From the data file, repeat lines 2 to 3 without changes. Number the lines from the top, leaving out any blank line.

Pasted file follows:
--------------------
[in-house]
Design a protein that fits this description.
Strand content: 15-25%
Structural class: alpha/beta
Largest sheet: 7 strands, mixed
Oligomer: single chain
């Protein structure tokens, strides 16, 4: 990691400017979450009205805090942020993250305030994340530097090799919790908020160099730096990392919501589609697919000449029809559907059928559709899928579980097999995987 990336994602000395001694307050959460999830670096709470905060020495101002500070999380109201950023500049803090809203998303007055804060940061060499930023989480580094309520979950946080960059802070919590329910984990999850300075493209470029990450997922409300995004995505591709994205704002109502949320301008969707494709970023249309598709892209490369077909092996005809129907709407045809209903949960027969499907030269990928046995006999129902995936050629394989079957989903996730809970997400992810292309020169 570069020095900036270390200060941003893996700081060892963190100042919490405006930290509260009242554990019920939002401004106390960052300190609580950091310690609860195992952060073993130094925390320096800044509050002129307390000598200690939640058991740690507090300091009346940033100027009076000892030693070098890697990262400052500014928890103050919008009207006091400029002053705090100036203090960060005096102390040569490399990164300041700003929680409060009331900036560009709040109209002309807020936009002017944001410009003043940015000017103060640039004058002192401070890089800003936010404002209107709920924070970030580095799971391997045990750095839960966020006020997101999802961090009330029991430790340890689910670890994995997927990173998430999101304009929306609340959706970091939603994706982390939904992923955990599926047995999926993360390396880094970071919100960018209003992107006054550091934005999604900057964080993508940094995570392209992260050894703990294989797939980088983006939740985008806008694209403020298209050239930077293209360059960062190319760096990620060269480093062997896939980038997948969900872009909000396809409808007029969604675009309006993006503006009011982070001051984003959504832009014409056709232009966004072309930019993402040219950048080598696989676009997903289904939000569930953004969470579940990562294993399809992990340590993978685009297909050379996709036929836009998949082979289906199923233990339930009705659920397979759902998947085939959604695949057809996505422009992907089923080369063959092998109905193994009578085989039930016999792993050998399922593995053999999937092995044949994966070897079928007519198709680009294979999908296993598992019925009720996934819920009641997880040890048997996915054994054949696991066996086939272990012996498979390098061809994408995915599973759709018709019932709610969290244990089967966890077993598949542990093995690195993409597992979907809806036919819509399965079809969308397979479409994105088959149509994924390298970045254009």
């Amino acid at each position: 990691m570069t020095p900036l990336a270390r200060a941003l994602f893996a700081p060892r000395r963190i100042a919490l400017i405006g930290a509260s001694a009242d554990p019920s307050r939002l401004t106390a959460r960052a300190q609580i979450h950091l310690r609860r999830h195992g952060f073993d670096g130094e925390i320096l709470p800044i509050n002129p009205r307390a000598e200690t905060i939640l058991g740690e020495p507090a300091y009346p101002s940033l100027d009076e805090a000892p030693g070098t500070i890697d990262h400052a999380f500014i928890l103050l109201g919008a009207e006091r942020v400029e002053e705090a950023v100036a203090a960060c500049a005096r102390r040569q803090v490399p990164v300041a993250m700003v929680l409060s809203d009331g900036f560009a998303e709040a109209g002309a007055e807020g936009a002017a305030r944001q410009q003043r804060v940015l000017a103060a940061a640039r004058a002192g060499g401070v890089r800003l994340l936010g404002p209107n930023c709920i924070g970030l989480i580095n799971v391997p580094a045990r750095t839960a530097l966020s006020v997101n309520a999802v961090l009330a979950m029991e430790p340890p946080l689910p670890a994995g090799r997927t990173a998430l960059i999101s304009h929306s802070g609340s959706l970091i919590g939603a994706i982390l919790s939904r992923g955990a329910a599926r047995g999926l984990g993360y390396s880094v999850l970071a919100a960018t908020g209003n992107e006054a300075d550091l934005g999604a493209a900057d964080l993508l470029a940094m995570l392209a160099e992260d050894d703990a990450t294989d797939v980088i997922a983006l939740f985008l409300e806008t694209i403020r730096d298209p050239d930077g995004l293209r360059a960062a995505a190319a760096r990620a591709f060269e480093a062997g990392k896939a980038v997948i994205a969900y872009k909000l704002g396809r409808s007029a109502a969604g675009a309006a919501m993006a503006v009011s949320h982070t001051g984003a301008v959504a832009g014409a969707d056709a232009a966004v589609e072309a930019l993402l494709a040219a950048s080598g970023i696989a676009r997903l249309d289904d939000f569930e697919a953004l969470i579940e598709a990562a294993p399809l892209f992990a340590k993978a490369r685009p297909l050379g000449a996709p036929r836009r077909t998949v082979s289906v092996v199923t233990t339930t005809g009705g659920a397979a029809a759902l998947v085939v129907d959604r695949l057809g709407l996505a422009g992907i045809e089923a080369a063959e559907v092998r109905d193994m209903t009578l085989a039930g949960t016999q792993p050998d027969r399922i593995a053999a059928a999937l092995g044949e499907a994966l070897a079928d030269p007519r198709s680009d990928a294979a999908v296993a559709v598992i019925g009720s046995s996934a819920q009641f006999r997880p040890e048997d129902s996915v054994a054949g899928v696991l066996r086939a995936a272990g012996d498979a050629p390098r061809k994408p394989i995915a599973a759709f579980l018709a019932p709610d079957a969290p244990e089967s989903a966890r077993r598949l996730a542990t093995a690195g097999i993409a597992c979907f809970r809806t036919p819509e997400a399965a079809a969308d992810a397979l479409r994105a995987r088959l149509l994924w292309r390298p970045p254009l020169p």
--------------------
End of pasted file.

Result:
Design a protein that fits this description.
Strand content: 15-25%